Digital Resources & Platforms
The HCNSW has two digital platforms on which it publishes its, and its members, Podcasts and Videos. Below please find our podcast recordings. You can find our video recordings on our YouTube Channel.
Tune into History Council of NSW lectures anytime, anywhere.
The HCNSW is aiming to supply audio recordings of its seminars and events, where possible. Below please find our latest recordings. Please re-visit this page for updates, and check our newsletter for information about new publications.
For those interested in the growth and impact of Podcasting within the History industry, please refer to an article written by Dr Tamson Pietsch, Senior Lecturer in Social & Political Sciences and Director of the Australian Centre for Public History at UTS, entitled Why Podcasting Matters for Historians.
Kriesler radio display at Embassy Theatre (for “Radio Retailer”). Usherette demonstrates ‘Projectographic’ Kriesler radio, by Sam Hood, courtesy State Library of NSW
Careers in History: Writing Histories
Featuring Dr Leah Lui Chivizhe (Chair), Professor Kate Fullagar and Dr Kiera Lindsey in conversation.
History is about more than studying the past, but telling its stories.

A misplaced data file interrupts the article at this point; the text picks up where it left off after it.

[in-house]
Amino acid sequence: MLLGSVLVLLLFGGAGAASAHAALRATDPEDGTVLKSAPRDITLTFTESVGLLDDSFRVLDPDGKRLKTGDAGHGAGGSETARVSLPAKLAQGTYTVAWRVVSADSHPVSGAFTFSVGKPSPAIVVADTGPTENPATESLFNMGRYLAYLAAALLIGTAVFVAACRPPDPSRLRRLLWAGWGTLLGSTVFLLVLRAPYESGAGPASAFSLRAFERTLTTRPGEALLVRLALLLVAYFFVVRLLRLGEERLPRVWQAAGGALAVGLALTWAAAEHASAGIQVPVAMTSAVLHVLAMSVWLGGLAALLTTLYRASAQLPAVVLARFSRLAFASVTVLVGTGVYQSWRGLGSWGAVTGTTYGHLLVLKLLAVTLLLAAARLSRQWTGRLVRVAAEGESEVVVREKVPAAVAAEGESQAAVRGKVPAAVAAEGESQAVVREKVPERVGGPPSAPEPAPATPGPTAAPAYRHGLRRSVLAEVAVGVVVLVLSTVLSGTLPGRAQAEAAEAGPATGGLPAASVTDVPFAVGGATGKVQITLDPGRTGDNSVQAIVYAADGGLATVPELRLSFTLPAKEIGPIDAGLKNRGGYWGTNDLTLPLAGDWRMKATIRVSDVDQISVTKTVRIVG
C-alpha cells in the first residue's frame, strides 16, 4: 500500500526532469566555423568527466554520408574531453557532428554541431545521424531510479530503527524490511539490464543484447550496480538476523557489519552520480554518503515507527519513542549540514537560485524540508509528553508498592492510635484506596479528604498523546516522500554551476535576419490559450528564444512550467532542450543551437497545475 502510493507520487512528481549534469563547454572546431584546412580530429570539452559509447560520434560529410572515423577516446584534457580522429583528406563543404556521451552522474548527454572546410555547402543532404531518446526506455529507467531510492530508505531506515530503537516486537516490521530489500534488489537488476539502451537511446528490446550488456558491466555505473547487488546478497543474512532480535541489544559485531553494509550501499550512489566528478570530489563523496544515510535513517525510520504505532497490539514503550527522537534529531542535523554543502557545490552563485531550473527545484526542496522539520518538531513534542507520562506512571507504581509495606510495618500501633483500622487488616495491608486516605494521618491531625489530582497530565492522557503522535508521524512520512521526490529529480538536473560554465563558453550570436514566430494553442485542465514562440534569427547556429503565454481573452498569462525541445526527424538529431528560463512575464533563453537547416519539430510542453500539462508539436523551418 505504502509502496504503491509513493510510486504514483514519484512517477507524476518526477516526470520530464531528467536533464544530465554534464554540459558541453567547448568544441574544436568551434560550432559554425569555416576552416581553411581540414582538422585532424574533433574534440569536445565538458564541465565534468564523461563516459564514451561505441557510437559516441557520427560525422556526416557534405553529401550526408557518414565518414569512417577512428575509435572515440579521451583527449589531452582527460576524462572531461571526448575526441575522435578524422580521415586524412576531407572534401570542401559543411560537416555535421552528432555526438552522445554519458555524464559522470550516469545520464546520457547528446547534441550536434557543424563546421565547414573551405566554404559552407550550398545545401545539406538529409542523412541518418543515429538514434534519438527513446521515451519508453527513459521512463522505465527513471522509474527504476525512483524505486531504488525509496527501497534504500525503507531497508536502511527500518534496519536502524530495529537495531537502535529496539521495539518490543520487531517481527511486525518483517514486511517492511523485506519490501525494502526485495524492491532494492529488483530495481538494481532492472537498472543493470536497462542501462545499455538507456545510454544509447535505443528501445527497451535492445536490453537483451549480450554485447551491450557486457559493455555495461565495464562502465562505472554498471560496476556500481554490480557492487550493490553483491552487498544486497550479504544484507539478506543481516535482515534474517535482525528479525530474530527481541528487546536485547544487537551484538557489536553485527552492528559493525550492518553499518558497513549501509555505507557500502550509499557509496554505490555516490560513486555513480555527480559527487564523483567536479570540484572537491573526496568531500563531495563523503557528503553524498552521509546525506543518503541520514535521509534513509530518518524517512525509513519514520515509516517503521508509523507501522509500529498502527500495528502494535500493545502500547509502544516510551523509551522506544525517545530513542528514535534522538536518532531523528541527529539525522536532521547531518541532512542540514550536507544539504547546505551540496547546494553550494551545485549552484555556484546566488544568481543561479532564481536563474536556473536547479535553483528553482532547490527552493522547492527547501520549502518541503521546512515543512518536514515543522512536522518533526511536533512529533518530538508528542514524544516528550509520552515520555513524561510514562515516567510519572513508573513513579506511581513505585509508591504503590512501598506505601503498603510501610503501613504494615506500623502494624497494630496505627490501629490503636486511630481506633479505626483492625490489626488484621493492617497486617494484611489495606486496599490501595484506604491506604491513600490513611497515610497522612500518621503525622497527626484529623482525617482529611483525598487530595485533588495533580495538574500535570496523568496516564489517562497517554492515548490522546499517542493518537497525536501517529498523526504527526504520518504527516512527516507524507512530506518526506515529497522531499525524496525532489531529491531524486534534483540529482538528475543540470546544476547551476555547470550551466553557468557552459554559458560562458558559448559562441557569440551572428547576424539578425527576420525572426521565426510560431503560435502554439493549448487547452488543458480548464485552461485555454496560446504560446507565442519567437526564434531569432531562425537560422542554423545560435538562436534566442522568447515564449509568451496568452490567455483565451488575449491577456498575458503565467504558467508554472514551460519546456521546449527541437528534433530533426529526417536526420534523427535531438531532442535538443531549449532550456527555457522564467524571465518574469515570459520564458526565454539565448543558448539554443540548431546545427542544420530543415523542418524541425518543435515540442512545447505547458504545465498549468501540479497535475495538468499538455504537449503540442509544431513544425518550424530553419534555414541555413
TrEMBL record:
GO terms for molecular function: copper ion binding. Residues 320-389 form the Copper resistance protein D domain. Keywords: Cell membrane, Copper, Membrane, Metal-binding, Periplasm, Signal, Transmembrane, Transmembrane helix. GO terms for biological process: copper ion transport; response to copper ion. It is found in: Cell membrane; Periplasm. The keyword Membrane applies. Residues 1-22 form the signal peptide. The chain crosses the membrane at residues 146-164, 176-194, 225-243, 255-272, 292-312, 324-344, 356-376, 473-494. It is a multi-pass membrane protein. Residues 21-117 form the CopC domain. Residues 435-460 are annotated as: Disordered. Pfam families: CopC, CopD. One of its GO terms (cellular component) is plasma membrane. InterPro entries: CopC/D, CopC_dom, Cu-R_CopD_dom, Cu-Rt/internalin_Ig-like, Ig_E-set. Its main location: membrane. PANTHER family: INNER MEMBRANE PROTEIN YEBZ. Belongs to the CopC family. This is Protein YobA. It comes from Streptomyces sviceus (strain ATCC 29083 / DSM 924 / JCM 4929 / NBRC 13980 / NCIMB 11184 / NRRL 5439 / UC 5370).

How do historians make sure their stories reach a wide audience? How do we pen our words for different readers?
The HCNSW invited three historians to discuss the ways that they have written about and communicated their research to diverse audiences through writing. The panel discussed traditional and new methods and avenues for sharing history writing, and answered questions about how they work and what they advise for other writers of history.
Recorded via Zoom on 9 November 2023 (also available via the HCNSW Youtube site).
Annual History Lecture 2023
‘Understanding the Voice’, presented by Thomas Mayo
The Annual History Lecture is an event produced & presented by the History Council of New South Wales every year, which aims to engage and educate the community about the vitality, diversity and meaning of history and its practice through the eyes of historians and others prominent in public history.
In 2023, the Annual History Lecture was presented by Thomas Mayo, Uluru Statement from the Heart signatory and Voice to Parliament campaigner.
At the current moment in history, a Voice for First Nations peoples is front and centre for all Australians in a referendum that will be held later in the year.
Our theme for History Week 2023, ‘Voices from the Past’, invited History Council members to explore how we listen for voices in the historical record and amplify the voices of storytellers.
In the Annual History Lecture, following this theme, Thomas discussed the history and significance of the Voice to Parliament. Thomas spoke about the long journey to this constitutional moment today, when all Australians will face a unique opportunity to answer the invitation in the Uluru Statement from the Heart.
Recorded at the North Parramatta Heritage Precinct, Western Sydney Startup Hub, 5 September 2023.
HCNSW Panel at Sydney Writers Festival 2023